Advice on condo investing

5 Replies

Hey Everyone!

I'm looking for a bit of advice on investing in condos. Specifically, I'm looking to understand what is actually included in HOA fees so I can do a more accurate job when running the numbers. My understanding is that utilities, general maintenance, and property management (to an extent) are all covered. Is this generally true? Also how does insurance work when investing in condos, is that lumped in with the HOA as well, or would I still need a separate policy? Based on the purchase price and potential rent, I found a what I think to be a solid investment, but I want to make sure everything is factored into my assessment before moving forward.

Thanks!

-Zakk

Zakk each community is different. Some include Sewer, Water in the HOA fee and some don't. They usually include anything that is walls outward, however, some are different.

Before investing in a condo,  you need to get a copy of the ByLaws, which will tell you exactly what is included.   You also should reach out to the property manager and get everything in writing as to what is covered. Also get financials as that will tell how the association is run.   

Do they have enough reserves, what is the tenant to owner ratio, etc.  Get lots of information.  Just because it is a good deal, doesnt mean it is, after the ink is dry on the mortgage.  

Also make sure that you can rent out the unit!

Hi Zakk,

You will also want to see a reserve study of the condos to see how well funded they are.
Also, find out any recent special assessments that have been done. I worked with an HOA that assessed the max each year that they were allowed to without requiring a membership vote.

Underfunded HOAs may have a large special assessment coming down the road to catch up on taking care of the facilities.

Check to see if the HOA allows tenants.

Each HOA is different and will need a bit of due diligence put into figuring out

HOA property management only covers the common areas.  The HOA management will not collect rent for you, respond to calls about a clogged toilet, or show a unit for you.


Good luck

I agree with the above comments.

One addition point, about insurance: HOA communities have master insurance policies, but there are deductibles and limits as to what's covered. Unit owners are responsible for maintaining their own policies as well. With a rental, you will definitely want a rental property policy to help protect you from liability in the event that a tenant gets injured, etc.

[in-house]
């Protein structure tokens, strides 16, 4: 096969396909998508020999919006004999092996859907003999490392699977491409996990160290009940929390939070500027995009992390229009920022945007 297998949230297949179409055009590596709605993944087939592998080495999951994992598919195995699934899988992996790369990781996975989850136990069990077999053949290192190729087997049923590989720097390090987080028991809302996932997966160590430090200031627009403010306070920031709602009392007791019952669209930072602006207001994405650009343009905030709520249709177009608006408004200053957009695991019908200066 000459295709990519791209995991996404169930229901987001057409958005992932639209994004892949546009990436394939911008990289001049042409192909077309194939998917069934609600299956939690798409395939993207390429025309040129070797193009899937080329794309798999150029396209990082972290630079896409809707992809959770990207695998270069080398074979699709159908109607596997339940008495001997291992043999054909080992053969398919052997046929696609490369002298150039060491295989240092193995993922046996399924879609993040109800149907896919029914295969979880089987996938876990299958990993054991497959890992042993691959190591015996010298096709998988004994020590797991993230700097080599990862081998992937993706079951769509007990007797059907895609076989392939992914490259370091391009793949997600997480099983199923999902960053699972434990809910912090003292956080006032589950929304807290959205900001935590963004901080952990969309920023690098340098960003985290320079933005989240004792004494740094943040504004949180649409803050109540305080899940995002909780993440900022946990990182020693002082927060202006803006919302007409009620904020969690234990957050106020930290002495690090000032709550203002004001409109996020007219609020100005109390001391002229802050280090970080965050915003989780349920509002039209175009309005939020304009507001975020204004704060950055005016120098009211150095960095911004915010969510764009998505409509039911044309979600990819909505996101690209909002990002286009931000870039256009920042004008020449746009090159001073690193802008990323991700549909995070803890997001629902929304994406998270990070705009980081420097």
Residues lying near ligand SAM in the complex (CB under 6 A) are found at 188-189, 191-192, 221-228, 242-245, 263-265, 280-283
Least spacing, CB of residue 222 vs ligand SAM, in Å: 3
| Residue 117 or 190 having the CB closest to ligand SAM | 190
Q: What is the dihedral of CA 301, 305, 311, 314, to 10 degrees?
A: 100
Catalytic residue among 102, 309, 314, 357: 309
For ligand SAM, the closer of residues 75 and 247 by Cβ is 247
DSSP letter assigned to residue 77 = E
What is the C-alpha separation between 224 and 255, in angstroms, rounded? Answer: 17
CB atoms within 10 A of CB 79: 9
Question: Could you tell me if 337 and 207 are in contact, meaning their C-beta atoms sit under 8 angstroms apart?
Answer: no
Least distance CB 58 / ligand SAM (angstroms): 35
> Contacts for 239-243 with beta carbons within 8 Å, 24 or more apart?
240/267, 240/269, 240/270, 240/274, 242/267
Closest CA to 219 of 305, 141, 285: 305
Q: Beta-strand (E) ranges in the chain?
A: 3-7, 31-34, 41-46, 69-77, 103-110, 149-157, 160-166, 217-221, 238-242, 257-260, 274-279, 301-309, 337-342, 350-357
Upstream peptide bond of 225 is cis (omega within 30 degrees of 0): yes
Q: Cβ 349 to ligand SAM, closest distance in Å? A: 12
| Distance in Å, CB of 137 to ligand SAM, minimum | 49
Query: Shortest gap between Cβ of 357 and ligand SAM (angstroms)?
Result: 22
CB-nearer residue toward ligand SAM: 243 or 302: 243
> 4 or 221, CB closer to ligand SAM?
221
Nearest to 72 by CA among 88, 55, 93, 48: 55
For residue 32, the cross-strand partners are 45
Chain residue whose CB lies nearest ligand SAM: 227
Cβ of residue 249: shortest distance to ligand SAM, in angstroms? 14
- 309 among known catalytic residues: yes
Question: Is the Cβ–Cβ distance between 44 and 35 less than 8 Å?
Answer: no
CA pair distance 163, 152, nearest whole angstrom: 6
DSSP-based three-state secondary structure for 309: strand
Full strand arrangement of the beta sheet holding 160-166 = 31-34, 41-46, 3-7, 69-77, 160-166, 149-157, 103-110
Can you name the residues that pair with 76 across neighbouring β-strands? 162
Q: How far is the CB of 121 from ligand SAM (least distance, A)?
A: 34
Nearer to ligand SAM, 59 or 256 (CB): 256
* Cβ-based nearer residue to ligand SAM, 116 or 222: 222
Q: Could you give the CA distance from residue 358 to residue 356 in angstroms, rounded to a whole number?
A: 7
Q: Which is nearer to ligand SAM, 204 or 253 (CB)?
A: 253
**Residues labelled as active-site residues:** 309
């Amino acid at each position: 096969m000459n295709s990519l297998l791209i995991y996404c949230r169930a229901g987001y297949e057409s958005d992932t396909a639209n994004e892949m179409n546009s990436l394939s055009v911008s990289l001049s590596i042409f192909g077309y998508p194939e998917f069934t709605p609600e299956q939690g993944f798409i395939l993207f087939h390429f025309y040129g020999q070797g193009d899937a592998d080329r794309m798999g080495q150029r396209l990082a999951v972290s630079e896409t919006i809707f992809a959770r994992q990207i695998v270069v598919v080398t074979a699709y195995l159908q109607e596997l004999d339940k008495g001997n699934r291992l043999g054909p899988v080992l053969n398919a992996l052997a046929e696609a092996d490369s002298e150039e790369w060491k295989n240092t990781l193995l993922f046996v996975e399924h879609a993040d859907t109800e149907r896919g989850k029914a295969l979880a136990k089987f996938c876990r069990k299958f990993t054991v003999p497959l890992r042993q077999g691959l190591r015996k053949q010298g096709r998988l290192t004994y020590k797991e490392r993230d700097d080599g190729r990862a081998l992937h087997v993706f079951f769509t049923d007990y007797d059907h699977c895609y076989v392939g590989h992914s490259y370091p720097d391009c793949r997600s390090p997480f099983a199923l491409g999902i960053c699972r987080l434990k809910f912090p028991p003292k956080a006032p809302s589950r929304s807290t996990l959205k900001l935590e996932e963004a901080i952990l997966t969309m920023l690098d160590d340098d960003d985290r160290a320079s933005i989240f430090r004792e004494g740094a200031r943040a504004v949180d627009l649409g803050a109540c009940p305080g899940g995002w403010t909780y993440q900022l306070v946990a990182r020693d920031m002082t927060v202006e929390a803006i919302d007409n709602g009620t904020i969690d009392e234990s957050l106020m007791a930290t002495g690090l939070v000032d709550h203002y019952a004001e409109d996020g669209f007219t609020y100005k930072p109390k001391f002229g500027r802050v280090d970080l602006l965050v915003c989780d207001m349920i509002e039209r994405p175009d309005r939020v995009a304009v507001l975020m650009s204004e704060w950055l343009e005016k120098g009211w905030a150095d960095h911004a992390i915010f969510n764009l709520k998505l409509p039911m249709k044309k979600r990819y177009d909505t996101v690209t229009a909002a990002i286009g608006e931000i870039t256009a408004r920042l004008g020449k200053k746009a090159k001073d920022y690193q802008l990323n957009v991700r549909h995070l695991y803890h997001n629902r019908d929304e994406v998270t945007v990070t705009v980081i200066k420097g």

@Steve Nowak is correct.

The condos likely have a level of insurance that they require you to carry.
Your policy should cover damage to common area and adjoining condos in the event damage is due to your (tenant's) negligence. 

I have seen a number of losses where the condo owner found out they were under insured. 

If you are finding properties on MLS the listing agent SHOULD list what is included in the HOA fee. Most of the email "drip" services realtors use to send you new listings will include this field on the "listing sheet." Obviously double check. Utilities, except for common area needs, are not usually included in the HOA fee. If the condo was an apartment building (with common utilities) and later converted to condos then you are likely to find the HOA fee covers SOME of these things. A typical thing in MA I ran into when I was there is that apartment buildings had 1 heating system and when converted to condos, the HOA was still responsible for the heating system and the HOA fee covered the heating expense for all the units.

And yes, check the budget and bylaws and ask about legal action, current and pending, as others have said. When the realtor writes the offer for you, these are "standard" things that all realtors in MA would be expected to include IN EVERY OFFER. Have a discussion with the realtor (you should have a buyer's agent in MA - it's great for that) and make sure you understand the process. You won't actually get the docs until the offer is accepted and then you will have to review them prior to P&S. (if you don't get that last part, you definitely need a realtor to explain it for you)

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